April 1, 2014 9:19 PM
In the United States, self storage is a $24 billion dollar business. Publically traded self storage businesses continue to out perform the S&P 500 and there are over 50,000 facilities in the United States. But, how is the self storage industry in Asia?
In places such as Singapore, Japan, and Hong Kong, the self storage business is flourishing. But, in two of Asia’s largest markets – India and China – it is non-existent. [More]
April 6, 2012 2:47 PM
If you live in the United States or Canada, when you think of self storage units you might think of a building with various sizes of units - from a small 5' X 5' space up to a 10' X 30' unit. You might think of storing bedroom sets, dining room tables, or even an RV or boat. If you live in India, self storage is different. Far different. [More]
June 30, 2011 8:46 AM
Consumerism is what drives the self storage industry. The more people acquire, the more room they need for their stuff. And as people downsize, the availability of space in a typical household shrinks. But a love of shopping might be slowing down in America today as compared with consumer-giants China and India, according to a new survey. [More]
August 6, 2010 10:26 AM
Two self storage companies are planting trees in an attempt to cause reforestation of areas of the world that are suffering from deforestation, such as Haiti, the Amazon basin, and tropical rain forests around the world. Watson & Taylor Self Storage, of Addison, Texas, announced this week that it will work with Trees for the Future to plant ten trees for every new self storage customer to rent a unit at their facility in the month of August. Likewise, iStoreGreen of Brooklyn, New York, plants a tree for every tenant through the Nature Conservancy. [More]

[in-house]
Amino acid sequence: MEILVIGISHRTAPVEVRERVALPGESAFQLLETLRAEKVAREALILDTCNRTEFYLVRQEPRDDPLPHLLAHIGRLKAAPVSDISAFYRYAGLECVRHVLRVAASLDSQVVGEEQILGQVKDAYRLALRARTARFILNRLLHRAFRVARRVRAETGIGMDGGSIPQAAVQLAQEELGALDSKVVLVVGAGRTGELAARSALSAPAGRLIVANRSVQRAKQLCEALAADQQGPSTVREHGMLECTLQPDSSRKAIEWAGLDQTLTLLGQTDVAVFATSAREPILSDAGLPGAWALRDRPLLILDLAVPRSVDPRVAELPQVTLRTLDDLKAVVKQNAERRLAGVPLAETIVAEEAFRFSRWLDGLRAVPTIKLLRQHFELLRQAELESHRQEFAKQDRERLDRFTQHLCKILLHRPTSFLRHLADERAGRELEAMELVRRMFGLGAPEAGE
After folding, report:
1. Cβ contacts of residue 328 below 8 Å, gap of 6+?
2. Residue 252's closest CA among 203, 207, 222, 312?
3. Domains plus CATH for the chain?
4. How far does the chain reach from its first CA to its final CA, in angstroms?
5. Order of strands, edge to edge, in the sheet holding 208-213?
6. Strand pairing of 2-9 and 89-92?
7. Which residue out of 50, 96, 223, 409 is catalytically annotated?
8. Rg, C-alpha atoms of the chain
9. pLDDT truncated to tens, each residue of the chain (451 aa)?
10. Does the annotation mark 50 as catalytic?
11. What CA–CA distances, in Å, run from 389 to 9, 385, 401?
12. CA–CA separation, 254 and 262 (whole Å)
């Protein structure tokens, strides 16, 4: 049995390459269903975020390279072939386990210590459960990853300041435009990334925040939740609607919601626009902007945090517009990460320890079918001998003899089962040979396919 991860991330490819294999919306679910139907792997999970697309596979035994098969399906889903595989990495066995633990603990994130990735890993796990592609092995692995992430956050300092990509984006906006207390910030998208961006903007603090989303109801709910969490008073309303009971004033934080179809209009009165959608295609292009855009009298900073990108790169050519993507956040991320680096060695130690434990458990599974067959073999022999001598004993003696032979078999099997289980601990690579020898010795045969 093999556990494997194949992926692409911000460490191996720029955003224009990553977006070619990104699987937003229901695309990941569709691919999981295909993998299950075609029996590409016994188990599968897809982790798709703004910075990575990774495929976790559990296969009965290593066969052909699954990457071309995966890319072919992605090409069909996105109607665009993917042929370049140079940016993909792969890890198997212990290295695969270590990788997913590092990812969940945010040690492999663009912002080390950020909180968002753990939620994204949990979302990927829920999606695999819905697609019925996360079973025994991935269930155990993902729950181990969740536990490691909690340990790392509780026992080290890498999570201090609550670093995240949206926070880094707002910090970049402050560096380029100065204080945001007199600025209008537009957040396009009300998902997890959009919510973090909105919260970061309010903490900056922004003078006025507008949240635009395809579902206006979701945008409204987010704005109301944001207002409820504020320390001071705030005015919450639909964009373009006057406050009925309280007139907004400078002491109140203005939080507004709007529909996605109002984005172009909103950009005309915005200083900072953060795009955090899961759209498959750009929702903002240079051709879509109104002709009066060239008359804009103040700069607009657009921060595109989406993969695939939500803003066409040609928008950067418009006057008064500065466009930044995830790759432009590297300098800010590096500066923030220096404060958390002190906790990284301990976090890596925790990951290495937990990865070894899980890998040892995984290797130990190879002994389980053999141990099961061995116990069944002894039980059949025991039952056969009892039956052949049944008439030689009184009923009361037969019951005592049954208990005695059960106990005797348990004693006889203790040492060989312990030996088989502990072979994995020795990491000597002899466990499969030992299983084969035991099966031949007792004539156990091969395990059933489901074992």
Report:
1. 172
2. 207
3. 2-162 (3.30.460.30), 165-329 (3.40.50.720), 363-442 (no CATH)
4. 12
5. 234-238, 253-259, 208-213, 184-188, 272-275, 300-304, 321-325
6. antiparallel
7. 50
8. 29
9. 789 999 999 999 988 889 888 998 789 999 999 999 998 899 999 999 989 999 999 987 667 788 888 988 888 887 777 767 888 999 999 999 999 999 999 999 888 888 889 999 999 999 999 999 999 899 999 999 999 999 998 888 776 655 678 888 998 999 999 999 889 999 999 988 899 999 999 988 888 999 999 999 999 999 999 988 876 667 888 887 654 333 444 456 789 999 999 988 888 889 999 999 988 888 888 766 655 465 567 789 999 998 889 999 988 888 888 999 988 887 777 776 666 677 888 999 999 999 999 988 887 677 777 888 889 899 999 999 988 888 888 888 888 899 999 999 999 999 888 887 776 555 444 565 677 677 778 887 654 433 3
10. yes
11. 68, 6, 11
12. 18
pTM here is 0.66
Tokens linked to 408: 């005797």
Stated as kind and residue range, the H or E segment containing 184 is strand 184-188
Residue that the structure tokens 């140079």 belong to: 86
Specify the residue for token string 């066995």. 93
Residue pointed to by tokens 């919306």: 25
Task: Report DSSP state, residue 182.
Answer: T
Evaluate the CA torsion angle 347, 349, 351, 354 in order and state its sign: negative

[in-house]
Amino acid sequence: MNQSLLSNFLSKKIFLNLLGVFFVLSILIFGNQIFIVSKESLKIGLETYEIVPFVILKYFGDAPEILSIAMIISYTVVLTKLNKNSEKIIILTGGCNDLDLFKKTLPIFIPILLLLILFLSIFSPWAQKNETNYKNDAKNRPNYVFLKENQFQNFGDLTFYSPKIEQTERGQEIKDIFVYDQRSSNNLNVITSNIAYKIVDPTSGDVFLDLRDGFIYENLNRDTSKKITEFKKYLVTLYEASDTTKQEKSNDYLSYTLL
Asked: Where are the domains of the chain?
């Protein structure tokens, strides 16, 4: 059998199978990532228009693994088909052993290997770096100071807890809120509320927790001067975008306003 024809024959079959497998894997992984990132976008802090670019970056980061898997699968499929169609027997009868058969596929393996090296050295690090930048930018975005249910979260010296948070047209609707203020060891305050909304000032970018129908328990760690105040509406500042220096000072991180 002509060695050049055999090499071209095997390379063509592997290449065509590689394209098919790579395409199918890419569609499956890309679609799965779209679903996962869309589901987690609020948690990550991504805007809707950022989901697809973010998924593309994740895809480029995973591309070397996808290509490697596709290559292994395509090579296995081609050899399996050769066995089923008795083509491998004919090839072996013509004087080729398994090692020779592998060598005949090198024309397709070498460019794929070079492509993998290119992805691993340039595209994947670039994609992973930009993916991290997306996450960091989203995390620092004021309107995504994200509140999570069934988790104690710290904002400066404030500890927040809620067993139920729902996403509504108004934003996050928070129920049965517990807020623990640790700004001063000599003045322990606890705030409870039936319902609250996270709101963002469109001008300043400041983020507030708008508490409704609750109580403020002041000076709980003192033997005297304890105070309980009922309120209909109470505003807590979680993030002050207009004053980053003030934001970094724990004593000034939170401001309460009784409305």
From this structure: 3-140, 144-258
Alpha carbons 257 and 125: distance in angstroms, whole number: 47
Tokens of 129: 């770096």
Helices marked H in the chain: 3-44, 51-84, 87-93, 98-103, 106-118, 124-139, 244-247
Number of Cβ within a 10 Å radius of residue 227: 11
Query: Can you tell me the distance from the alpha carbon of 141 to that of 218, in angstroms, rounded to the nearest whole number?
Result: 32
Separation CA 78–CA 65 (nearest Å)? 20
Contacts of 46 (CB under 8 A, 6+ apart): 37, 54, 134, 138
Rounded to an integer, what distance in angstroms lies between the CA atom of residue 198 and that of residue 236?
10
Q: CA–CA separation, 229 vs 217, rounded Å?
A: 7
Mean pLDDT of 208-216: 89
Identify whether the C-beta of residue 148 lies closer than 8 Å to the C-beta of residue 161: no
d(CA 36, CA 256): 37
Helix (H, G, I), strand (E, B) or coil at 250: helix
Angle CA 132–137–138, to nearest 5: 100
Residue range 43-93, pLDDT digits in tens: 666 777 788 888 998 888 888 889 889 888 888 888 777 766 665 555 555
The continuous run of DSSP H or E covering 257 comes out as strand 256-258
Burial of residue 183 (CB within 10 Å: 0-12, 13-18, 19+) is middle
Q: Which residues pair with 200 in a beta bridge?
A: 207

January 11, 2010 9:48 AM
People who have been using self-storage as a place to keep their ever-increasing collections of coins, stamps, or wine may find that their investment has paid off. If they wish to, they may be able to find buyers for those collections--in India. The Economic Times of India reports that in India, as in the West, the gap between rich and poor has been increasing in recent years. Although India has a reputation for being one of the poorest countries in the world, it also boasts more than 50 billionaires. Furthermore, at the moment, collections are very fashionable among wealthy Indian businesspeople.
The market for rare object collections in India is currently relatively unorganized, according to Economic Times reporter Aman Dhall. One Indian auction house, Todywalla, is known to specialize in coins and banknotes. "They deal only in high-end coins. They have a catalogue beyond which they don't fish," says Hrishi Modi, a director at ASK Private Wealth Advisors. Modi collects rare coins and stamps himself. Like many collectors, Modi began his hobby as a child, when his father brought back coins and stamps from trips abroad. Now his collection includes gold coins from the Kushan Dynasty, silver dollars from Calcutta, Iran Persia stamps from 1897 and Nazi era coins. [More]